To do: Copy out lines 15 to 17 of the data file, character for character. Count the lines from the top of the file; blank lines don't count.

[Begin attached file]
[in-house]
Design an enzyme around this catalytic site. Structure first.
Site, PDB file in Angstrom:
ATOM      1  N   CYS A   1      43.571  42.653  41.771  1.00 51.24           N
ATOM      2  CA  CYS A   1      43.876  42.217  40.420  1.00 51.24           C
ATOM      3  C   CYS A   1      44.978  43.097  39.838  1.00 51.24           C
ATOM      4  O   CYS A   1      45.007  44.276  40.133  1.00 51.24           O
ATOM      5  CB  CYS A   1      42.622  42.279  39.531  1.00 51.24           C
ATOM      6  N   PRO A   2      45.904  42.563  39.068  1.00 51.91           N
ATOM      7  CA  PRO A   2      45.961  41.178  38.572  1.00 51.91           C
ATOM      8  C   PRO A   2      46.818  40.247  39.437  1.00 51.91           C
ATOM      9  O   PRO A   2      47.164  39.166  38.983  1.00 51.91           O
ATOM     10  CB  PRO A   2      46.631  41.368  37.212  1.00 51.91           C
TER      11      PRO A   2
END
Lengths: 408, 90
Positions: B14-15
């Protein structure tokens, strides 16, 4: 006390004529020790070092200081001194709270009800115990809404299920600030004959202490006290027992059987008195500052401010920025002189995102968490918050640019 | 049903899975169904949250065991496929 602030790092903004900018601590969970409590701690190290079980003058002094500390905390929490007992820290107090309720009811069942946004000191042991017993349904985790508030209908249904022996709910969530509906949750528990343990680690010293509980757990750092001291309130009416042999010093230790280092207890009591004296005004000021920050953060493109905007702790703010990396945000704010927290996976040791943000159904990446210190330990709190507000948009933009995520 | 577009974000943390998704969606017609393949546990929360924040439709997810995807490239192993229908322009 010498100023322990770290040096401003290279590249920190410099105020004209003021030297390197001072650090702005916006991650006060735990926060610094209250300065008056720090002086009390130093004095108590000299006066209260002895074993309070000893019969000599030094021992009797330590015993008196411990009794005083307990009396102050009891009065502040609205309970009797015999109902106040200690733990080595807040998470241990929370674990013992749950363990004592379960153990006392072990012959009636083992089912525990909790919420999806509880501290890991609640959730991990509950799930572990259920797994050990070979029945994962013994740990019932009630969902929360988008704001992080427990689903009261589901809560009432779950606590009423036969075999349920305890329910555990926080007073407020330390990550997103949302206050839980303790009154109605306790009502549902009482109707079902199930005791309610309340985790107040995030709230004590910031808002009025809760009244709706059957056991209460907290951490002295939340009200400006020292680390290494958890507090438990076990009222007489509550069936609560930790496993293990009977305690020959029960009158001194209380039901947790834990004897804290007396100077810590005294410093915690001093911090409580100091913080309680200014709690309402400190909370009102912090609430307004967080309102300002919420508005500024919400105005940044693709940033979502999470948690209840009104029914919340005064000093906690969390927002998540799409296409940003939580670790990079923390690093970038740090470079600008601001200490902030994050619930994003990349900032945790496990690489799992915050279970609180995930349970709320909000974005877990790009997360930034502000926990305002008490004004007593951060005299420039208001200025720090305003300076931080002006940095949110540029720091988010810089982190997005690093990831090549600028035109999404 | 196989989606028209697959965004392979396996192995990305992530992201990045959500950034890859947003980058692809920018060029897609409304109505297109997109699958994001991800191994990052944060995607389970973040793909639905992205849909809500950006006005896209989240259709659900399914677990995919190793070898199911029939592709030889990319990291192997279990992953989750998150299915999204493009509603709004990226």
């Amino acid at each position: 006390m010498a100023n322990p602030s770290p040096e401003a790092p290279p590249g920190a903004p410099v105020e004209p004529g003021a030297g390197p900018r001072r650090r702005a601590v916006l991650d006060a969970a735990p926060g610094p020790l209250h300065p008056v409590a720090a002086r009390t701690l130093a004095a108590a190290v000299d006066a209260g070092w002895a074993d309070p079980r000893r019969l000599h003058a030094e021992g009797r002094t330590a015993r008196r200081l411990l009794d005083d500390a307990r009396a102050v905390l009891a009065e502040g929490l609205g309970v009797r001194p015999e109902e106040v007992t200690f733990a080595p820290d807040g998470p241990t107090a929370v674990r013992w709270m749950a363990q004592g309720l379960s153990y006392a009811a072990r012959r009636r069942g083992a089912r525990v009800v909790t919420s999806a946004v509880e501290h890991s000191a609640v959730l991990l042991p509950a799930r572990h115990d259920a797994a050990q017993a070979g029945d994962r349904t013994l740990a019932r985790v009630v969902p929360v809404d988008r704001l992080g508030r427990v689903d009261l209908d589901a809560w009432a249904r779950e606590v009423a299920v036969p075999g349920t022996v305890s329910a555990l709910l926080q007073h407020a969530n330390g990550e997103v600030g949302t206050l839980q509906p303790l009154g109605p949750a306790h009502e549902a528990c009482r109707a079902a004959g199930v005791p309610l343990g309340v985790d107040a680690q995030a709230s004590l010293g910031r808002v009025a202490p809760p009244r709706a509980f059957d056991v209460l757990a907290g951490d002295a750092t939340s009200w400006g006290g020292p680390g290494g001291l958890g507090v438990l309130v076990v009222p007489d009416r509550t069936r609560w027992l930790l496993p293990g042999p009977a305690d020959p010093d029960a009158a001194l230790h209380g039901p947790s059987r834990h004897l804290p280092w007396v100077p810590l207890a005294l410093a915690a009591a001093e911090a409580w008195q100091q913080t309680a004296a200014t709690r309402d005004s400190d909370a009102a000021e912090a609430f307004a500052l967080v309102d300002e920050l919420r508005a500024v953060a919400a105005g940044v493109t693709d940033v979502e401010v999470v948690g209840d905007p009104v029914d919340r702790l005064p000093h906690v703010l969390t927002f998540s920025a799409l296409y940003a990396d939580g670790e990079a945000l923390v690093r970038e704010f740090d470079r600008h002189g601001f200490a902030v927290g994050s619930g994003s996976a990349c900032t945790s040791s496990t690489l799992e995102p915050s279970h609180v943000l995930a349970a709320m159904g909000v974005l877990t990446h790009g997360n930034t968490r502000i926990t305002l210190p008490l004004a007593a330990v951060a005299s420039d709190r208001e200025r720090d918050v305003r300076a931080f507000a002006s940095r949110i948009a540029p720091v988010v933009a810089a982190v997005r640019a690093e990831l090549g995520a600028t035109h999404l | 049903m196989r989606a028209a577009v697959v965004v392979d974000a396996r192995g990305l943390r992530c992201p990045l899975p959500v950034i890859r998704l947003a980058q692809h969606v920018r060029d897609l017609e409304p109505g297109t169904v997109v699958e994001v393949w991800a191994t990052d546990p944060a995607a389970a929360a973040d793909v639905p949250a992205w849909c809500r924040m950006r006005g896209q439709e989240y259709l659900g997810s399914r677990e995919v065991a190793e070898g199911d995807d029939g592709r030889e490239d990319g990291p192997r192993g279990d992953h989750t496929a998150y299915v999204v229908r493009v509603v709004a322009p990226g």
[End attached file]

END
Lengths: 408, 90
Positions: B14-15